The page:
Students in Dnipro developed a "smart" IV that can call a nurse
Students from Dnipro invented an IV that monitors the amount of medication and the rate of dripping. If something goes wrong, it sends a message to the nurse's phone.
Their device can save thousands of lives, ShoTam reports.
20-year-old Anna Panova and her mentor, engineer Serhii Poslavskyi dream of simplifying the work of doctors. Their project is called Infusion Light. This is a special device that is put on the air valve on the IV and monitors the amount of medication and the rate of dripping.
If something goes wrong, the device sends a message to the nurse directly to the phone. The nurse will instantly learn that the drip rate has changed and will be able to correct the needle or help a patient who has become ill.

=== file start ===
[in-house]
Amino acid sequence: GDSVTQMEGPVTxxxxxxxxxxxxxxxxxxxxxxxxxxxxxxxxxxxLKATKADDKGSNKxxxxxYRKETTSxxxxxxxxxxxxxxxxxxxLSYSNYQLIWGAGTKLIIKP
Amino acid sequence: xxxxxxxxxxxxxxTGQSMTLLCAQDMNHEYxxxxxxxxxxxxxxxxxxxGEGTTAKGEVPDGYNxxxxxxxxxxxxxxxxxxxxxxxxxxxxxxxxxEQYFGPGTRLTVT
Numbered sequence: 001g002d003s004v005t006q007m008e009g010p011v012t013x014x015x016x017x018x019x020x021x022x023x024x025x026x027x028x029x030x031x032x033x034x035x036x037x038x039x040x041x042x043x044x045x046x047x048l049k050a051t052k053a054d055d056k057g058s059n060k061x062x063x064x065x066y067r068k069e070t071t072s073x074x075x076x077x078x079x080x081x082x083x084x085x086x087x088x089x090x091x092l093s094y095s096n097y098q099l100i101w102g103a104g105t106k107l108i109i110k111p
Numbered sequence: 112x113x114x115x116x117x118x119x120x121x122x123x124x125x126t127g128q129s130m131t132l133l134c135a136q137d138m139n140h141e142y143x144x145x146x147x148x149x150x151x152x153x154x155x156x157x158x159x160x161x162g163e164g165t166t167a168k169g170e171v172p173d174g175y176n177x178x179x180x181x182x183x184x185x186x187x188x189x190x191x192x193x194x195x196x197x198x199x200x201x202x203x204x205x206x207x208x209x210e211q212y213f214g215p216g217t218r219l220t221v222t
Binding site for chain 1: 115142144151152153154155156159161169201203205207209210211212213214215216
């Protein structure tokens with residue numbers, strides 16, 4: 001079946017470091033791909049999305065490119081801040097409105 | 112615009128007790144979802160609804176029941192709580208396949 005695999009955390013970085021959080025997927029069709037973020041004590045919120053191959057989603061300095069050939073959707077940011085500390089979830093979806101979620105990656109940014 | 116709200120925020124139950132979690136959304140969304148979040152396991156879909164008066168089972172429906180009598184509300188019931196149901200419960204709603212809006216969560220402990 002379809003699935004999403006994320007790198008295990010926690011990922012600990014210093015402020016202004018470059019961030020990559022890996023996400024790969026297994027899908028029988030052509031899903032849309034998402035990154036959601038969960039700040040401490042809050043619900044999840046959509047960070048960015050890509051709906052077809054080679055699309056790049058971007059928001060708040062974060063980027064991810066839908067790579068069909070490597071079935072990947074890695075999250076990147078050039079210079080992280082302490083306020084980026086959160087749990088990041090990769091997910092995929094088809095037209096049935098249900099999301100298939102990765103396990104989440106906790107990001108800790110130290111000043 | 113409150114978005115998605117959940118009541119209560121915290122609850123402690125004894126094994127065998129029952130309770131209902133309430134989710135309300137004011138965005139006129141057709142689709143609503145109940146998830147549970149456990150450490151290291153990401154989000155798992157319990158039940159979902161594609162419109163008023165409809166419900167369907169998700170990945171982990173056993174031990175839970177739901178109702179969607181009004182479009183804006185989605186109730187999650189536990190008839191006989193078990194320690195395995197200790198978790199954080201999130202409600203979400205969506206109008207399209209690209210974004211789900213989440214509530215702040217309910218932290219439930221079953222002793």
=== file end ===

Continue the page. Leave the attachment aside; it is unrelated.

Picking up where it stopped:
But Anna's own sad experience inspired her to invent. At the age of three, her leg was severely injured due to improper catheter insertion. Now the girl wants to protect all people from dangerous IVs.
In 2019, no one could have predicted that in three years tens or even hundreds of thousands of IVs would be delivered daily in Ukraine. The project is almost ready. The team printed the first batch of devices on a 3D printer. Serhii and Anna are testing IVs at an engineering school.
Already three hospitals have responded and invited inventors.